come on.. i think next time writer should disclose that he has been paid 200K by abcd to write in favor …

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  • Usman
    Jun 23, 2012 - 6:31AM

    I can’t take any guardians of democracy drum beaters seriously. What cry about when the courts have woken up, are you not glad that they have? Do you not want any change in Pakistan ever? Don’t think so.

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  • Usman
    Jun 23, 2012 - 6:36AM

    Forget about what the common citizen is going through, you go save your democracy and be happy.

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  • newsense
    Jun 23, 2012 - 9:08AM

    You didnt mention the weaknesses of the govt.Recommend

  • Mirza
    Jun 23, 2012 - 11:04AM

    Great Op Ed, keep it up. Even though the urban elite may not like it but you are representing silent majority of the rural heartland of Pakistan. The women, minorities, smaller sects and smaller provinces have always voted for a more progressive and secular parties and they would continue doing so much to the chagrin of the elites.

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  • Jpy
    Jun 23, 2012 - 11:23AM

    Very thougt provoking article. Pakistan Institutions are not aware of the delicate balancing of powers within the three major pillars of the democracy namely Executive,Judiciary & Legislature. If one plays oversmart over the other the entire system will collapse and country will be in chaos. In a real democracy even military has no specific role other then being part of the executive

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  • R. Khan
    Jun 23, 2012 - 11:54AM

    Fully agree with Mr. Pitafi! We love experimenting & failing every time.

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  • Riaz Khan
    Jun 23, 2012 - 1:46PM

    Very few people truly understands what you are saying Mr. Pitafi since they are living in their own strange world of conspiracies of CIA+RAW+MOSSAD! It’s like banging your head against rock solid wall.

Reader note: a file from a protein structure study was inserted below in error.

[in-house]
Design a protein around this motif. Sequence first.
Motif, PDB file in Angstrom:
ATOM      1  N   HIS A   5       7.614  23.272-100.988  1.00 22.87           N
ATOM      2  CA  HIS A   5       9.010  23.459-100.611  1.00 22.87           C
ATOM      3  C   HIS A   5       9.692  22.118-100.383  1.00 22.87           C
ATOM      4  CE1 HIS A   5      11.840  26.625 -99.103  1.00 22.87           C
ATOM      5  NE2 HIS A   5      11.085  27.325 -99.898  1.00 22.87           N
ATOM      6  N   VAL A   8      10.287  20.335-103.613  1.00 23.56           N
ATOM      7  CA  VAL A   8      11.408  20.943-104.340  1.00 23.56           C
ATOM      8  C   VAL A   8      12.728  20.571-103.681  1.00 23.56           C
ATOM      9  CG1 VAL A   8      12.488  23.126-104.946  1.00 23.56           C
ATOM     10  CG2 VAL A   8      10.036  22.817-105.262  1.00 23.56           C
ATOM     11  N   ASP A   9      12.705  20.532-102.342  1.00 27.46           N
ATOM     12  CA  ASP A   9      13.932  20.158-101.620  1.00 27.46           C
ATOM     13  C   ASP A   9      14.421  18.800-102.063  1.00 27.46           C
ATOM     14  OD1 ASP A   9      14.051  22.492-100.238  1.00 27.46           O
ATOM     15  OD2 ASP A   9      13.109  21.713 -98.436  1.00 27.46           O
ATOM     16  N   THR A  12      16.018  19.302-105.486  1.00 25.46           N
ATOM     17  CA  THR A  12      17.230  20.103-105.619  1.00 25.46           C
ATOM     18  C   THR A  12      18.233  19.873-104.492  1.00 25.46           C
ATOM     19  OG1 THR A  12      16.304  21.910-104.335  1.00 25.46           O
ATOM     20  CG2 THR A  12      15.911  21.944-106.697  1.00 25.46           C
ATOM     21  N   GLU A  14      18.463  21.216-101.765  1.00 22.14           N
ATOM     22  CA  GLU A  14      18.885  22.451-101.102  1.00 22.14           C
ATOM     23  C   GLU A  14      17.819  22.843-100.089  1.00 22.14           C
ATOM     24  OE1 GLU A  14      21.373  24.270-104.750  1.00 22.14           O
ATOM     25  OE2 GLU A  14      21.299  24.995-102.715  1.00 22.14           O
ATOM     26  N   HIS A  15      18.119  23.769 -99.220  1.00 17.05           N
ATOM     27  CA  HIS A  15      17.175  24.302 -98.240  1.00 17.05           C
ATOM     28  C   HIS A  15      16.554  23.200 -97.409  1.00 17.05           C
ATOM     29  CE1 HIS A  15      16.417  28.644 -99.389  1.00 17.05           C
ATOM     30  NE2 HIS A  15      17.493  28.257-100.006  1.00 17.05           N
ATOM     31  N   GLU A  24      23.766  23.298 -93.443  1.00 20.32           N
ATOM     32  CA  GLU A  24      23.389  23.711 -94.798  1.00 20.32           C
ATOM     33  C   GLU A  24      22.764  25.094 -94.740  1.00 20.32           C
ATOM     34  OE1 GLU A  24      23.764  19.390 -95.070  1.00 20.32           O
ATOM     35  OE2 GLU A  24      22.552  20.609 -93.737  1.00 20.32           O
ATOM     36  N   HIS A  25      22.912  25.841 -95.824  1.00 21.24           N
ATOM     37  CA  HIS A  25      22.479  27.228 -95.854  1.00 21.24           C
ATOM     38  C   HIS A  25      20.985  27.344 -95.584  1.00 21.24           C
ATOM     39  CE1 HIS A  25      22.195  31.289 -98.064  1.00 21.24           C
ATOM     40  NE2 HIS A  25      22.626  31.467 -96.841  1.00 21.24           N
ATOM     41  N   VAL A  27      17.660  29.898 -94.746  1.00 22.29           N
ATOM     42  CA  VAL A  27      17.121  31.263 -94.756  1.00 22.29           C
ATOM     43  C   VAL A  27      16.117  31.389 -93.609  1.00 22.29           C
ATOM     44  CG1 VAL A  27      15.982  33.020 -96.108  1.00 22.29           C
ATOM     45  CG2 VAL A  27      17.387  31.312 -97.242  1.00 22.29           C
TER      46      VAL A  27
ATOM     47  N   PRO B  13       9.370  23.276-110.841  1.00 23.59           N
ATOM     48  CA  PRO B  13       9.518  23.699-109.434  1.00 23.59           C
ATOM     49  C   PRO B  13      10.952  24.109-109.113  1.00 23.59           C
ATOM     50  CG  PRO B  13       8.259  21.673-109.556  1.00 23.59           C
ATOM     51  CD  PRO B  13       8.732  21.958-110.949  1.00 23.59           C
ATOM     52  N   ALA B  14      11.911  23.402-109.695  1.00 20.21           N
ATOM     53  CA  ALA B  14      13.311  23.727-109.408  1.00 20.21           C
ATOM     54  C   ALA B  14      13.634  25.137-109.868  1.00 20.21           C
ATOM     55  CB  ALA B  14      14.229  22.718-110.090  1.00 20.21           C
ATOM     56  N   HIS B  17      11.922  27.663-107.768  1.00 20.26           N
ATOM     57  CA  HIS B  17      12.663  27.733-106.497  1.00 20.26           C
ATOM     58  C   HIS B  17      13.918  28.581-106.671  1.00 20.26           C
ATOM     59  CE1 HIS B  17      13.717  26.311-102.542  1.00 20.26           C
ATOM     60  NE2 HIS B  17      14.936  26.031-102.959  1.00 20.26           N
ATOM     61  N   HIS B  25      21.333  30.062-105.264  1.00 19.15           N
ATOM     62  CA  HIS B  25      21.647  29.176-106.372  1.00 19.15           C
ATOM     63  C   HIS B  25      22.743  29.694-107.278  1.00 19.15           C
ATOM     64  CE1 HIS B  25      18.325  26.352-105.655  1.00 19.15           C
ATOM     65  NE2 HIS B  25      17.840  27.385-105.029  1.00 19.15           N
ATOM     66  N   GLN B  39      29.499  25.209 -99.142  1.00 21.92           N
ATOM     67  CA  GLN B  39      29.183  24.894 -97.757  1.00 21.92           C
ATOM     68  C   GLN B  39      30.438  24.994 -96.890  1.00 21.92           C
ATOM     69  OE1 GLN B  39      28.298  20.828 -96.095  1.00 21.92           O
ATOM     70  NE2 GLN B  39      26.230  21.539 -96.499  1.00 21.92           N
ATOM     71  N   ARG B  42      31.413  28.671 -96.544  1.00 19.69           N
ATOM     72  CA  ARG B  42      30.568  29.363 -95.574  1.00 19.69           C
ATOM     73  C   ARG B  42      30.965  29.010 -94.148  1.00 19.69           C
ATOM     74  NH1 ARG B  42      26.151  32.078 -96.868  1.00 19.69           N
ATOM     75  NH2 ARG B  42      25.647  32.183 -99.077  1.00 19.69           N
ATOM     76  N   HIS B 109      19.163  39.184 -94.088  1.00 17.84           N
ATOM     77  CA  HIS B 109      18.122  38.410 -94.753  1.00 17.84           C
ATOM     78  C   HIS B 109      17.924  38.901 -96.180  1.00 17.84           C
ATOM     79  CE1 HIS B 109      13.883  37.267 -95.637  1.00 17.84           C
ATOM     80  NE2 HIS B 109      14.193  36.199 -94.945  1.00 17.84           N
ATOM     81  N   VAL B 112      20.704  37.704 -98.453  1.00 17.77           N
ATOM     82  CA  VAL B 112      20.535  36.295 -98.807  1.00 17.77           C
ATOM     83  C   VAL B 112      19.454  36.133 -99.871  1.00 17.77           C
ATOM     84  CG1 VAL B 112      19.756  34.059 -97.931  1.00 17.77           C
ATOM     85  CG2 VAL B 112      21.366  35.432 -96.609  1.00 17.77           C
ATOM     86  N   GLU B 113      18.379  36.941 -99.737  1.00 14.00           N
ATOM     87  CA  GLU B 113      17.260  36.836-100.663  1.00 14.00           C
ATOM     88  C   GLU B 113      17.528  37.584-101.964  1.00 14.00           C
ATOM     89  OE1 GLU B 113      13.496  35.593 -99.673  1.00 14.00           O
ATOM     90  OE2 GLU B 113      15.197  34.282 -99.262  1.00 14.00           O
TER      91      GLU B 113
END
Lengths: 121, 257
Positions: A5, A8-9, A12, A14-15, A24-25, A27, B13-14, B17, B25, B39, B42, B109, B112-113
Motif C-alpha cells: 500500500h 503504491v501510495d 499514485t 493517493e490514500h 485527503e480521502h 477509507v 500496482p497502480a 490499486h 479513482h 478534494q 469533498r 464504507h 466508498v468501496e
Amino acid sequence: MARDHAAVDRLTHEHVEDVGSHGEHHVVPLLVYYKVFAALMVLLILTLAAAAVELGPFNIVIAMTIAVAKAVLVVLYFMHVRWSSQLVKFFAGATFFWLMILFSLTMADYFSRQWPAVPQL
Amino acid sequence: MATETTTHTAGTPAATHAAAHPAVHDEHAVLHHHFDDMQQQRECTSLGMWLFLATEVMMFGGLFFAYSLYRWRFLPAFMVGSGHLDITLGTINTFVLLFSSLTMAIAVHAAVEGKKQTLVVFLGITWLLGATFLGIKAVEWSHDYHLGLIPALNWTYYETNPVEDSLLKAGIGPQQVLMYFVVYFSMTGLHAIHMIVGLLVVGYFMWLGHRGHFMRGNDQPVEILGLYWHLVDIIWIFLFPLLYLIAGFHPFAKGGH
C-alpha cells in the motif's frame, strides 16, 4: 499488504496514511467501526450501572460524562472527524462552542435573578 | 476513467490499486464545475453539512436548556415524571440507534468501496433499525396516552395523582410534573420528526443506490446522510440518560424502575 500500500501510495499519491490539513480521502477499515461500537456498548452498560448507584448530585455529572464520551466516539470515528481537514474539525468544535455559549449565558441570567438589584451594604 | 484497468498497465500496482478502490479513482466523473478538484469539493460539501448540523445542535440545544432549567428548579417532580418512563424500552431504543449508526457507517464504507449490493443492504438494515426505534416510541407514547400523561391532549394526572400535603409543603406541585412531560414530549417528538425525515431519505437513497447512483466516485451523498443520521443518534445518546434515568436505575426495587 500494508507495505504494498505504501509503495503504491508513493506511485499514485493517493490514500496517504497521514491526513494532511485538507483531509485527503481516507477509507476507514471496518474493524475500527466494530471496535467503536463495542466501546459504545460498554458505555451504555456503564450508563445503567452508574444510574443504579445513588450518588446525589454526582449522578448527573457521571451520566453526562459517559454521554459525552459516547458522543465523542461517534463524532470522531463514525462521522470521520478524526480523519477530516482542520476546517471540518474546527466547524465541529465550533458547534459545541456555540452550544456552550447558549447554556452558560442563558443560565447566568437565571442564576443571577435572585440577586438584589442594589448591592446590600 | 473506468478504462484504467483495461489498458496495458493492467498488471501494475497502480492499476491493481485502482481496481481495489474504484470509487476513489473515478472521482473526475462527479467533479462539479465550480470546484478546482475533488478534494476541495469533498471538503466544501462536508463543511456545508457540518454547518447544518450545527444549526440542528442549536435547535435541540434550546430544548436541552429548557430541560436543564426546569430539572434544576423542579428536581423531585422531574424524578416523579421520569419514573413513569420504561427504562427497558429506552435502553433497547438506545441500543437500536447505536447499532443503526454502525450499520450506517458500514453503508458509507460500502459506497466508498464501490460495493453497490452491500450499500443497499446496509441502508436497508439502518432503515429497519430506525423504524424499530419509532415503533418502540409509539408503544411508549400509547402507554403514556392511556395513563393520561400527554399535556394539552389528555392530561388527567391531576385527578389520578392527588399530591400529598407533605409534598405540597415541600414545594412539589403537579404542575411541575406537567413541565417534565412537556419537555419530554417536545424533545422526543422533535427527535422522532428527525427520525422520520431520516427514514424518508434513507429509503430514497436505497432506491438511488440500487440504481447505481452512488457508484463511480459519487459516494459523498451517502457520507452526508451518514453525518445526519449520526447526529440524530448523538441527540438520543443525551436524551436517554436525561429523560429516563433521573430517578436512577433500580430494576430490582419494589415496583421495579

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  • Hassam
    Jun 23, 2012 - 2:10PM

    having a convicted prime minister wasn’t a disaster and embarrassment.for this country?

    Why should the court sacrifice rule of law for democracy? Its job is to give laws in light of laws excluding everything even consequences of its decision, that is what the constitution requires from the SC.

    If the government wants to complete its tenure it should write the letter. The government does not have the authority to question the interpretations made by SCRecommend

  • T Khan
    Jun 23, 2012 - 2:17PM

    @ali “army is busy on fighting war”

    Hahaha! That was funny mate.

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  • Beenish Ahmad
    Jun 23, 2012 - 4:50PM

    Honestly speaking, I am glad Gilani is gone. I voted for him and later on regretted my decision. That was a sympathy vote for the late BBs party but now I figure you cannot run a country on the foundation of sympathy forever. He did not do anything significant to make life worth living for the common citizens. I stand with the decision of the SC.

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  • x
    Jun 23, 2012 - 7:04PM

    “why dont they leave then, whats stopping them?” gilani’s immortal words when told that 1/3rd of pakistanis were so frustrated with life and hardships in pakistan that they wanted to leave. That’s democracy for you.

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  • Jun 23, 2012 - 7:12PM

    @Falcon: Justice M. Katju, now chairman of press council of India says ” Gilani verdict shows Pak SC has gone berserk” ….. ” The constitution establishes a delicate balance of power among the three organs of the state. the Legislature, the Executive and the Judiciary. each must respect the other, and not encroach inyo their domain, other wise the system can not function. It seems to me Pakistan SC has lost it’s balance and gone berserk…….. the PM holds the office as long as he has the confidence of the parliament and not the confidence of the SC.” Mr FARRUKH KHAN PITAFI has spoken the facts and not pro govt views.

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  • Raza Khan
    Jun 23, 2012 - 8:21PM

    I salute our ex PM Mr. Gilani!